The Challenges of Teaching in a Fractured Republic–Always in Crisis?

“There is an alternative to this perilous mix of over-centralization and hyper-individualism.” Yuval Levin in The Fractured Republic: Renewing America’s Social Contract in the Age of Individualism 

For a public high school setting, I believe that Levin’s The Fractured Republic can bring us some clarity about unhelpful extremes and unhelpful mixes of “over-centralization and hyper-individualism.” Levin realistically discusses how cultural and historical factors of consolidation, diffusion, and nostalgia contribute to unfruitful conflicts in society at large. With some effort on our part, Levin can help us understand many of our biggest challenges to effectively integrating unity and diversity in public education. 

Trying to integrate the opposing forces of unity and diversity for better teaching in a public high school can make herding cats look easy. Here are two small representative samples of the sort of perennial tensions I have in mind:

  • An Achievement Approach:A guaranteed and viable curriculum is the variable most strongly related to student achievement at the school level. That is, one of the most powerful things a school can do to help enhance student achievement is to guarantee that specific content is taught in specific courses and grade levels.”
  • A Customized Approach:Personalized learning is an educational approach that aims to customize learning for each student’s strengths, needs, skills and interests.”

Individually, each approach looks reasonable and potentially good for directing educational practices. Each view implies different assumptions about the purpose of education, the identity of students, and what progress in learning should mean. These approaches don’t necessarily play nice with each other–or perhaps the conflicts are more about the folks who non-reflectively hold the differing approaches? 

To me, the achievement approach has a sense of what Levin discusses as consolidation. He explains that consolidating and cohesive focus of the first half of the twentieth century:

As our economy industrialized, the government grew more centralized, the culture became more aggregated through mass media, and national identity and unity were frequently valued above personal identity, individuality, and diversity (Kindle Locations 491-493).

In a good consolidating sense, education can give us a sense of belonging, unity, and common core values. However, Levin explains that the second half of the twentieth century was typically about rightly challenging conformity that arose from the consolidation trends–a kind of counter-act of diffusion against bad practices of consolidation in culture and society:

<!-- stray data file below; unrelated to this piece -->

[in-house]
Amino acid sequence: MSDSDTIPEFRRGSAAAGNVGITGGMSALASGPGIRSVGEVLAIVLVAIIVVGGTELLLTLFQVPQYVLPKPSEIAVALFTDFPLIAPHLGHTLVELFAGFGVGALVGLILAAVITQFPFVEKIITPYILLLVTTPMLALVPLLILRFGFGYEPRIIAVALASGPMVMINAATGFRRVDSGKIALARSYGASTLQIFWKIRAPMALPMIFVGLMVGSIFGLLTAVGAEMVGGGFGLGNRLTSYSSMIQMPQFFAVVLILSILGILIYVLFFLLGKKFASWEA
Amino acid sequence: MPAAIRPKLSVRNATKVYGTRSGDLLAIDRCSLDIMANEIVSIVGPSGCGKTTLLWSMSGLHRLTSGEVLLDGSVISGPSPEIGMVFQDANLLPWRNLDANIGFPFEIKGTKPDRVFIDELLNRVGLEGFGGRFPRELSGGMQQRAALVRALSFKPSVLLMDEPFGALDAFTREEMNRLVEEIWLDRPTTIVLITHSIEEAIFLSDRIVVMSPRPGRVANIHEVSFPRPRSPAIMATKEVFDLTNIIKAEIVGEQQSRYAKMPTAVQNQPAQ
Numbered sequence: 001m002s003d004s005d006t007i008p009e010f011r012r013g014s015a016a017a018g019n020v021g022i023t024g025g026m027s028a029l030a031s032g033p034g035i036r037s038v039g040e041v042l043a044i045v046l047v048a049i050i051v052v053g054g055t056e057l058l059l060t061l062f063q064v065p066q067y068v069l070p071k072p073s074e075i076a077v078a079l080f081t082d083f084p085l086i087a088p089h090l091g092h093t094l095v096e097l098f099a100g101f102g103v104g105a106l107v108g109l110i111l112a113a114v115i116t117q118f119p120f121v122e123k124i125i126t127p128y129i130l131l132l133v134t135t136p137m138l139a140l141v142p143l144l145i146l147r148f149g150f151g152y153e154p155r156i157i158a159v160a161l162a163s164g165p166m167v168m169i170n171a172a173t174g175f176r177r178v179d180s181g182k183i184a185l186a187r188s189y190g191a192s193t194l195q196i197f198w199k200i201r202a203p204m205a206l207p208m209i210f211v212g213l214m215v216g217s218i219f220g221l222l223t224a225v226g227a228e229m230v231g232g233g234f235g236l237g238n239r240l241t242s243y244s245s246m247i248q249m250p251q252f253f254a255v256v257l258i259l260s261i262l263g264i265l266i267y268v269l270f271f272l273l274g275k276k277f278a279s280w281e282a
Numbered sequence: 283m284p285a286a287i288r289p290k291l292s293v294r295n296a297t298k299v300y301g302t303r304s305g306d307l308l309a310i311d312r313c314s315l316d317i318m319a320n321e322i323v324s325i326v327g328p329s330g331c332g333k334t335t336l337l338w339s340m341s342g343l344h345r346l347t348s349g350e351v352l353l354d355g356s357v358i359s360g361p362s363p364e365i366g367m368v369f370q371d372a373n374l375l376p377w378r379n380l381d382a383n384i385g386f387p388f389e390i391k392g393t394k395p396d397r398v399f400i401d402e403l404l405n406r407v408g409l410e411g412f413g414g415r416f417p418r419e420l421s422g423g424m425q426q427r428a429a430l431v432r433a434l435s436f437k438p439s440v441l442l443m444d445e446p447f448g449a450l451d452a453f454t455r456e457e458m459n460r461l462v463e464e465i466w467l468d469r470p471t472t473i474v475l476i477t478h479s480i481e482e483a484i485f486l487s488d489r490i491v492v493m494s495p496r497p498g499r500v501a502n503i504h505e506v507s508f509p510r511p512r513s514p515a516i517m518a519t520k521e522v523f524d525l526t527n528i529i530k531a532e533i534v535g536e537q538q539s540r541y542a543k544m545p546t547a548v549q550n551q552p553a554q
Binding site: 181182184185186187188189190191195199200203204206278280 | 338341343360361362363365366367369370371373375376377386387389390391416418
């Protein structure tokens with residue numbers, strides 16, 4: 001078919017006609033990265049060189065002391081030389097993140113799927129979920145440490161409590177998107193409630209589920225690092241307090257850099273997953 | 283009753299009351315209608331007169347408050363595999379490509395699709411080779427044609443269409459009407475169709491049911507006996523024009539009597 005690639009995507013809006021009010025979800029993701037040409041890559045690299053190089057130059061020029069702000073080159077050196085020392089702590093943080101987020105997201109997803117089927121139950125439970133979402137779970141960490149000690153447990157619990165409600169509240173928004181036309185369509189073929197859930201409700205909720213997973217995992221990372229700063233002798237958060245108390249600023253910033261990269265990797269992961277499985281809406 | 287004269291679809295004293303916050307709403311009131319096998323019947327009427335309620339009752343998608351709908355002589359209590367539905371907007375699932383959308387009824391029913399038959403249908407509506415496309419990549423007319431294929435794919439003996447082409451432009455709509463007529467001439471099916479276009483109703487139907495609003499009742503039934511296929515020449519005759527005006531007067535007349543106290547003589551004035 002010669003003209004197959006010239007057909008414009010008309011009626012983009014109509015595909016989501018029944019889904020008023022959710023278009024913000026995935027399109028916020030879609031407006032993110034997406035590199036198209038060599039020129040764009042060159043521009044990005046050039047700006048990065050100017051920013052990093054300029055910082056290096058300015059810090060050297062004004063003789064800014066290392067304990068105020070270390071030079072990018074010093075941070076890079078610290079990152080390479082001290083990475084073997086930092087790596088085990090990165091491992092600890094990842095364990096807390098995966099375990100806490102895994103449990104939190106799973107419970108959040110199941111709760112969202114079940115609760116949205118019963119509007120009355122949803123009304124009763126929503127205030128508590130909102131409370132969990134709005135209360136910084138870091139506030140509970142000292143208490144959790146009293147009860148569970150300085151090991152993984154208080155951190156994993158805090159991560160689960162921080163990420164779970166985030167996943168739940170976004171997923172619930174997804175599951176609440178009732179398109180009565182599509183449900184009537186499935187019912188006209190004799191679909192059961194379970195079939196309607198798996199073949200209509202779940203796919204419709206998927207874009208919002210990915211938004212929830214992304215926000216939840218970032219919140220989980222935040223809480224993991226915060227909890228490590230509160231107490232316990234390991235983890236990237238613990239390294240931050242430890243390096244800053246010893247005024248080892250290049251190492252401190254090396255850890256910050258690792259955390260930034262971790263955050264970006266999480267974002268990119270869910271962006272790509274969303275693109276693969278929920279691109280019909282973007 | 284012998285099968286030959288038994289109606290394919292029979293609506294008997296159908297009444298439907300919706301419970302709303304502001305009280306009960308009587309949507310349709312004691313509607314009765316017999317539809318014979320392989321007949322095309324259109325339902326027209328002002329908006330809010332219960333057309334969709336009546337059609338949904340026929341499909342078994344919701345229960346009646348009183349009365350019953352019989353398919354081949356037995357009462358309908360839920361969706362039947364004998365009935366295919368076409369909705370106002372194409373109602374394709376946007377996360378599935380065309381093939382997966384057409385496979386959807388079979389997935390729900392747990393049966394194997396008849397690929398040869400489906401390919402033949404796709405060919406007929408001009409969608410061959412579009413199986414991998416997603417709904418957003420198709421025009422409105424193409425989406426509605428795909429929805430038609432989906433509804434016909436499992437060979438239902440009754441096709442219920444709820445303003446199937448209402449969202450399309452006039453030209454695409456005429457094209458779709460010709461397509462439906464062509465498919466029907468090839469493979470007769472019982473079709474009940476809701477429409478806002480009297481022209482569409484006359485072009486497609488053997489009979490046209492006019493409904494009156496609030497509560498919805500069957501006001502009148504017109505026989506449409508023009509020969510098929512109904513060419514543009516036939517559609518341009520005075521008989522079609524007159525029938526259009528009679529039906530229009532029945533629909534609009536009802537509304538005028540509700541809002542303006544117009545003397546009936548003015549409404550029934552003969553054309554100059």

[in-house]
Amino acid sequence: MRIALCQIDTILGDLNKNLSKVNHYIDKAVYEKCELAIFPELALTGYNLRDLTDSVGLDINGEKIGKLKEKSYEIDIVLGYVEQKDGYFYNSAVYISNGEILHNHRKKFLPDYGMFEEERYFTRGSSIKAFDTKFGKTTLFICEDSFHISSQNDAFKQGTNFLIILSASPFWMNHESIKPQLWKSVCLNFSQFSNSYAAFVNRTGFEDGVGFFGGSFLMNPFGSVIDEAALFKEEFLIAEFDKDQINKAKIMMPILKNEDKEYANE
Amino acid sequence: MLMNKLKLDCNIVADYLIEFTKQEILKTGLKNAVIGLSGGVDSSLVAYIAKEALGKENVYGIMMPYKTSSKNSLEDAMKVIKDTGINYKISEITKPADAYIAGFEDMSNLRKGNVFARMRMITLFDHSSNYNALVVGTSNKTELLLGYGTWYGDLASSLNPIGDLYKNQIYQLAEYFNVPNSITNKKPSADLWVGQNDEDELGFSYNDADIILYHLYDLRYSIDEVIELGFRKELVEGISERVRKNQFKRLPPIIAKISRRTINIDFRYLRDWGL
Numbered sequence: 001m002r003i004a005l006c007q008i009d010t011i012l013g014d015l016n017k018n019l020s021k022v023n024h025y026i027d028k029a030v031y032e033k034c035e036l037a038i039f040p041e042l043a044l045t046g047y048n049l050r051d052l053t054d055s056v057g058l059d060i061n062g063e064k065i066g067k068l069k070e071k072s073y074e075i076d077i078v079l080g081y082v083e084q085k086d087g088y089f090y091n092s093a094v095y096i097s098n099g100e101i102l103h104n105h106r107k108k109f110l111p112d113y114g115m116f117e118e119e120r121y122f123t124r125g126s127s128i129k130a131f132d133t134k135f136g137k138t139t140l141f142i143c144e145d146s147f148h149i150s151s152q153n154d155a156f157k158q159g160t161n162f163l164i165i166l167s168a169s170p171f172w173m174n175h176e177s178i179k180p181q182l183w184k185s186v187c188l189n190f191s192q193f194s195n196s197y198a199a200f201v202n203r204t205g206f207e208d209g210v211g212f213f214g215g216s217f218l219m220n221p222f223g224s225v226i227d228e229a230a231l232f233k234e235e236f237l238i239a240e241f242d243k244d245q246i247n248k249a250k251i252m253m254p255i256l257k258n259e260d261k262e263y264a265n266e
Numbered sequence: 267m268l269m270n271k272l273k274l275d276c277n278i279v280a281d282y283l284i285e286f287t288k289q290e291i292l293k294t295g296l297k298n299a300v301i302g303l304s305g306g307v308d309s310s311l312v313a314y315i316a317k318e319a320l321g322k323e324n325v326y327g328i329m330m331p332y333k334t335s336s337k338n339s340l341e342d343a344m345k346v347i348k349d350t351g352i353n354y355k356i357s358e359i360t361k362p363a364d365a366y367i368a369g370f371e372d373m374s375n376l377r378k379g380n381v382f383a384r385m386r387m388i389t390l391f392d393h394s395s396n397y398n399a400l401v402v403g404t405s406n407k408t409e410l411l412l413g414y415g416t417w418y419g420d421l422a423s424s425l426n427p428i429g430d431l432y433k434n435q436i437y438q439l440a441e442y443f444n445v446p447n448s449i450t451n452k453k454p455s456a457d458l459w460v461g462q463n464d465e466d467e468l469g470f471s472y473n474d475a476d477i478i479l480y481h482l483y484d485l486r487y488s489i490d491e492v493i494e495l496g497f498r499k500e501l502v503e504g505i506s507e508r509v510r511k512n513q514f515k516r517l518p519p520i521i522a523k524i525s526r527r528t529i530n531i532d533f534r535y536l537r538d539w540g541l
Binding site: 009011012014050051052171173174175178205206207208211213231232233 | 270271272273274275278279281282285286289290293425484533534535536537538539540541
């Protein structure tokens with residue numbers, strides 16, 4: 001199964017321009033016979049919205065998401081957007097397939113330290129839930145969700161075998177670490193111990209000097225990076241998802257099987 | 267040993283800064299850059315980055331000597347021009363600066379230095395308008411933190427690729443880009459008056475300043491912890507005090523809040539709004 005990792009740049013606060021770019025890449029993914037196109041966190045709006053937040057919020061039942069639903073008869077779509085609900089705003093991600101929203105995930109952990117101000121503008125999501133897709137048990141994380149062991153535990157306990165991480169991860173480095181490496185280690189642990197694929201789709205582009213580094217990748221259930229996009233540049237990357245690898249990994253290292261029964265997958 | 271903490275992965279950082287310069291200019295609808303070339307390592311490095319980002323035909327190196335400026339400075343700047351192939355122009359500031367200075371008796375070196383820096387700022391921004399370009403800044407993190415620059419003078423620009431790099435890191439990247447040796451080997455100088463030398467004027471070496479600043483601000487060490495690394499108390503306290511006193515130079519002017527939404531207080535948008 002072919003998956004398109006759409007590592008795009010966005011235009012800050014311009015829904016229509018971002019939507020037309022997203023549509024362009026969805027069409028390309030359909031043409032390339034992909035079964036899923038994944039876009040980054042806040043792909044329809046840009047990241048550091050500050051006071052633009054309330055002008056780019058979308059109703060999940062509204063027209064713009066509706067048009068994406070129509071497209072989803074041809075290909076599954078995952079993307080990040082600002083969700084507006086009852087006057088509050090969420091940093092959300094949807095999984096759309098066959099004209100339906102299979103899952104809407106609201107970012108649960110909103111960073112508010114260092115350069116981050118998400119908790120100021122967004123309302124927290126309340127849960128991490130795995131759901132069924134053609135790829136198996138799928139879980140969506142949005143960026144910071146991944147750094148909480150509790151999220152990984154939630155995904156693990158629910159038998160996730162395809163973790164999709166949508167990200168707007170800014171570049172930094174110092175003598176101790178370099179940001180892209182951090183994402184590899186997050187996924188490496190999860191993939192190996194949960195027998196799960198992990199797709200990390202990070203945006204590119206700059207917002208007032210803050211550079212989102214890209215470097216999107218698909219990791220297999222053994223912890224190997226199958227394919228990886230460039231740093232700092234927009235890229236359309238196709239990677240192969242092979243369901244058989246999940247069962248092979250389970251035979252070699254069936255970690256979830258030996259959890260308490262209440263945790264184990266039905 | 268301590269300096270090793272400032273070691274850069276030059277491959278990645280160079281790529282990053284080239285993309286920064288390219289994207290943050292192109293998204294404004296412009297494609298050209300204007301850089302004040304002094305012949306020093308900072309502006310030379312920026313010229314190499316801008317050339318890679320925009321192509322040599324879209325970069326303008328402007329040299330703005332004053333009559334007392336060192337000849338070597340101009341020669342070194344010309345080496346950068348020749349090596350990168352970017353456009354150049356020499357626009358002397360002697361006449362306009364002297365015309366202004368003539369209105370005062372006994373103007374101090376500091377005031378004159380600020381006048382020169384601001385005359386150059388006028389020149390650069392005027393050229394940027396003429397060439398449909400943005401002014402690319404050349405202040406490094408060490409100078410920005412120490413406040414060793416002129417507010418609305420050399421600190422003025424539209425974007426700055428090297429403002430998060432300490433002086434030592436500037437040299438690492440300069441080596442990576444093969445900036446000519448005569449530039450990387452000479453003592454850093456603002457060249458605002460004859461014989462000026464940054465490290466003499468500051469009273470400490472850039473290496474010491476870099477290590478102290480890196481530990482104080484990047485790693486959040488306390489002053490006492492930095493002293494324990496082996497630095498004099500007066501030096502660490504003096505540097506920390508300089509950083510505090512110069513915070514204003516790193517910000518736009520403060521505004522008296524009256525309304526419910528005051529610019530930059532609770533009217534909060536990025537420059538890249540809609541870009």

Most of the critics saw this conformity, and the almost blind faith in large, national institutions that they observed in the population, as crushing individual initiative and expression. Some also noted the danger these traits posed to the American tradition of localism and civic action, which had already come under strain in the first half of the century. (Kindle Locations 747-749) 

It’s interesting to see the customization approach to education that I mentioned above as an extension of Levin’s discussion about diffusion versus the previous trend of consolidation. At its best the diffusion trend focused on respecting the value of diverse individuals and small groups.

But when is the customization approach too diffusive–a kind of mere atomized consumerism and a promoter of narcissism? Likewise, when is the consolidation approach too restrictive–a close-minded reductionist tendency for controlling people? Those questions aren’t easy for educators to answer, but we do need to spend more time thoughtfully exploring and discussing them. 

Additionally, Levin diagnoses nostalgia as a detrimental influence on political and cultural conflict. In short, he argues that conservative and liberal thinkers both long for their versions of “the good old days,” when their favored trends of consolidation or diffusion were in full swing. Both groups tend to long for their version of when American was great.